Management of the federal portion of Lake Mattamuskeet has frequently changed over the years as managers stayed just long enough to find another slot.

There are no movie theaters or other entertainment venues and, because of high transportation costs, basic necessities such as groceries and gas are not competitively priced compared to surrounding counties.

Although the school system strives hard to offer a sound education, lack of resources often finds it wanting. These and other issues make the county a less than desirable place to live - particularly for young professionals. In fact, these same short-falls also make it difficult to attract education professionals to the schools on the mainland and on Ocracoke.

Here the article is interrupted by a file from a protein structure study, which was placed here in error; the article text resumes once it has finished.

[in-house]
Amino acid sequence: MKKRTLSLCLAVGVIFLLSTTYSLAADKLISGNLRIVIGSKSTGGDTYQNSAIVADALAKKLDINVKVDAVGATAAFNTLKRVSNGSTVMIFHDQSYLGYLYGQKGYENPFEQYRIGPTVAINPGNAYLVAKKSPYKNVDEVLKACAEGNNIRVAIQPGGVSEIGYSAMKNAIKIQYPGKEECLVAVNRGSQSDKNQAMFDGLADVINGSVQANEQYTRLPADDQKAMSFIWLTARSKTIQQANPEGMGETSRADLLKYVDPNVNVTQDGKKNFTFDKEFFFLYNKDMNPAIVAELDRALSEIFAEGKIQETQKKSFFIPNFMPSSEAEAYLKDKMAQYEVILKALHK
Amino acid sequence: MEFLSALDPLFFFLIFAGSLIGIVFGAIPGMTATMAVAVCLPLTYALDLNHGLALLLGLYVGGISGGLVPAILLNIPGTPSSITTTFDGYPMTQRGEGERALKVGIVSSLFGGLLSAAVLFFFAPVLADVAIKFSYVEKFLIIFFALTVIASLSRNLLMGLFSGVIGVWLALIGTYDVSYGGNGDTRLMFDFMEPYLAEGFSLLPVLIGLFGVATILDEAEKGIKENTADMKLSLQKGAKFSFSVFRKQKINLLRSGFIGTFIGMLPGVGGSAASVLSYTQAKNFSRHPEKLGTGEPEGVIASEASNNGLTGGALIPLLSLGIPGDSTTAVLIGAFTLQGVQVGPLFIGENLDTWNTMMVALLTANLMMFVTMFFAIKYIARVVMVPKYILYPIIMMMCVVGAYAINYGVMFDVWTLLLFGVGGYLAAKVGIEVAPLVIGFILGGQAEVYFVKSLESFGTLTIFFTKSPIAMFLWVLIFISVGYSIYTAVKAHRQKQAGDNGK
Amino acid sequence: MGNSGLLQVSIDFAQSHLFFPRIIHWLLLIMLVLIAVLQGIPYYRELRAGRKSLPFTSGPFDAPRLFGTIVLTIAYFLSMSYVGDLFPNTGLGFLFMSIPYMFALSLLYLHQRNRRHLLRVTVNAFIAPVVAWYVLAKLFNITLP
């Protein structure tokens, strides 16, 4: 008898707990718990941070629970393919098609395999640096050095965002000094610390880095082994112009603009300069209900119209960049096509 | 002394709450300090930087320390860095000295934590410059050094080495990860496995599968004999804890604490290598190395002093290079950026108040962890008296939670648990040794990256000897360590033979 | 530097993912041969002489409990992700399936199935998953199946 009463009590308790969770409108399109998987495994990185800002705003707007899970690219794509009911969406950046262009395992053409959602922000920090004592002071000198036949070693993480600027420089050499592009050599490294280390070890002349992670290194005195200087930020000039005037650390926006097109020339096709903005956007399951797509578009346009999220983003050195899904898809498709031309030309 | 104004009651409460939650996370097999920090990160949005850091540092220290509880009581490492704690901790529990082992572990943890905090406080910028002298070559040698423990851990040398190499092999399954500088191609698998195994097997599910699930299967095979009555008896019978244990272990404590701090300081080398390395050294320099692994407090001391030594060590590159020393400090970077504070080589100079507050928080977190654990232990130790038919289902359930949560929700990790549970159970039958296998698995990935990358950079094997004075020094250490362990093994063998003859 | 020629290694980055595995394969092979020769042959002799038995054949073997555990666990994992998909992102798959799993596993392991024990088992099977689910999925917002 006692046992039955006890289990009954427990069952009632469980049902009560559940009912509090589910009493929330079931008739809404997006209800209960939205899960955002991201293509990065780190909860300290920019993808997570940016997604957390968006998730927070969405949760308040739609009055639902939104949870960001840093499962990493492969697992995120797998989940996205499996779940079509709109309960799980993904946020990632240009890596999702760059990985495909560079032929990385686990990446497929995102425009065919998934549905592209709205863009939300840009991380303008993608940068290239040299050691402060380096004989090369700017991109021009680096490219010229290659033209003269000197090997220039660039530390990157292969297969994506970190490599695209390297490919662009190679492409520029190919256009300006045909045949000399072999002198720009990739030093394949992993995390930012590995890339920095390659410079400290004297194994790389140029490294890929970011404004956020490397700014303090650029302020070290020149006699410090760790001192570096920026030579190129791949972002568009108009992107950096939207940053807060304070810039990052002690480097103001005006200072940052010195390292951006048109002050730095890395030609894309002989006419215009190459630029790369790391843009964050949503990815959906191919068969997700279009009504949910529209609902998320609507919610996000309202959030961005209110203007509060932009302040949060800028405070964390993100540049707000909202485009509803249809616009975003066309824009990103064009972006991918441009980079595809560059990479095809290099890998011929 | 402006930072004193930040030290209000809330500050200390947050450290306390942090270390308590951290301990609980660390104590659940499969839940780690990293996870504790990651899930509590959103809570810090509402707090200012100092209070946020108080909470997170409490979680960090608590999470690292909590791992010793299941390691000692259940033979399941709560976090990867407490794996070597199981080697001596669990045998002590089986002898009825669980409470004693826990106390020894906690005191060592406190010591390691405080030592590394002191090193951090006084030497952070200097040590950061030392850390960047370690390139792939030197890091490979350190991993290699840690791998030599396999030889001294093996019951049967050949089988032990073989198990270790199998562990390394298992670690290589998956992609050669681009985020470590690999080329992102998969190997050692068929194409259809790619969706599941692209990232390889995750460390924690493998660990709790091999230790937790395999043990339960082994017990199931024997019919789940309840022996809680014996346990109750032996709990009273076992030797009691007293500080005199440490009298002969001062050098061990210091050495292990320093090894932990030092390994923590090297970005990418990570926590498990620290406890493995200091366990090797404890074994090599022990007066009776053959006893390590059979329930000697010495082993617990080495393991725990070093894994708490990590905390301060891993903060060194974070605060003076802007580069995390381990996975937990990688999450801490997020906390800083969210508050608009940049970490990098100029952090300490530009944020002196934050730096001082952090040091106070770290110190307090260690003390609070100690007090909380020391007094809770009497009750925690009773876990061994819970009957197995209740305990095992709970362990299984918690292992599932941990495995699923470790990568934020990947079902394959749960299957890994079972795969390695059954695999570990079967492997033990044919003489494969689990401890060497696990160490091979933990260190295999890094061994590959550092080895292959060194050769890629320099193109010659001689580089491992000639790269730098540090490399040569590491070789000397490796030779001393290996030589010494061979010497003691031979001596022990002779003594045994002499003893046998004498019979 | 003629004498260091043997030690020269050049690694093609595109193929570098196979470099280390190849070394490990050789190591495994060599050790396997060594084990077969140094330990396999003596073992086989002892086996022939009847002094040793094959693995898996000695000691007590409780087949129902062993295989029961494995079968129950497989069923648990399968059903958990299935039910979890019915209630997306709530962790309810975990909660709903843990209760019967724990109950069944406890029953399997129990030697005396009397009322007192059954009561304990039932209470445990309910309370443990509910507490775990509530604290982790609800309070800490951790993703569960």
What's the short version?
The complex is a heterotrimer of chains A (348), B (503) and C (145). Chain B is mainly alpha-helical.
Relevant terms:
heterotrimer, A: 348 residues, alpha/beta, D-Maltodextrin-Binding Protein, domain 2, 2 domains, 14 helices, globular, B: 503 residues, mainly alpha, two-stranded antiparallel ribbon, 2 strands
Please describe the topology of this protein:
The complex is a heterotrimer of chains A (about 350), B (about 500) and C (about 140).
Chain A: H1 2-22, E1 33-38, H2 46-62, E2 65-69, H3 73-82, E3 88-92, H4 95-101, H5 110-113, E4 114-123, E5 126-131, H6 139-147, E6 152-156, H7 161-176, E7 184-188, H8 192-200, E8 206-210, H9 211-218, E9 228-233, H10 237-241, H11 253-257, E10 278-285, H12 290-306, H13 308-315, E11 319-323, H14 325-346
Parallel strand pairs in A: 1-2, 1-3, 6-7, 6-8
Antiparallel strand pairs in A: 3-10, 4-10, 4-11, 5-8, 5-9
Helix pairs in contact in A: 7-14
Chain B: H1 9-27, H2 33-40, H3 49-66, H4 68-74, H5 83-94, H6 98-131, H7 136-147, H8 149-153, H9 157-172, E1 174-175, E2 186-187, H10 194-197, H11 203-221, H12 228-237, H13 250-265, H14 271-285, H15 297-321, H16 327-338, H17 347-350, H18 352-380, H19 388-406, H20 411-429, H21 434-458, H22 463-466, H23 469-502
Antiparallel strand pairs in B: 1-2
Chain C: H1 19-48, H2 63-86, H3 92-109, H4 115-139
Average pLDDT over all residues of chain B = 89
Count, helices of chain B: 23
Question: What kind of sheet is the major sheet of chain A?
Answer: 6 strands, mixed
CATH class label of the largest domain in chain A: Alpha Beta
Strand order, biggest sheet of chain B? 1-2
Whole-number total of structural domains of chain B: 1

Because of the high turnover rate of refuge managers, the focus and the action plans often change before any plan can be completed. And each new refuge manager has brought with them a different objective and new priorities.

And that is the basis for the current controversy - the low water and salt water intrusion into the lake. Those upset about the condition of the lake have started a campaign to try to bring attention and resolution to the problem. Long before the area surrounding the lake became a waterfowl hunting mecca, it was widely known for its great bass fishing. And locals routinely subsistence fished the shoreline and the causeway to stretch their food meager food budgets by catching perch, catfish, crappie and bream.. But it seems that those species are being replaced with salt water species such as red drum and flounder.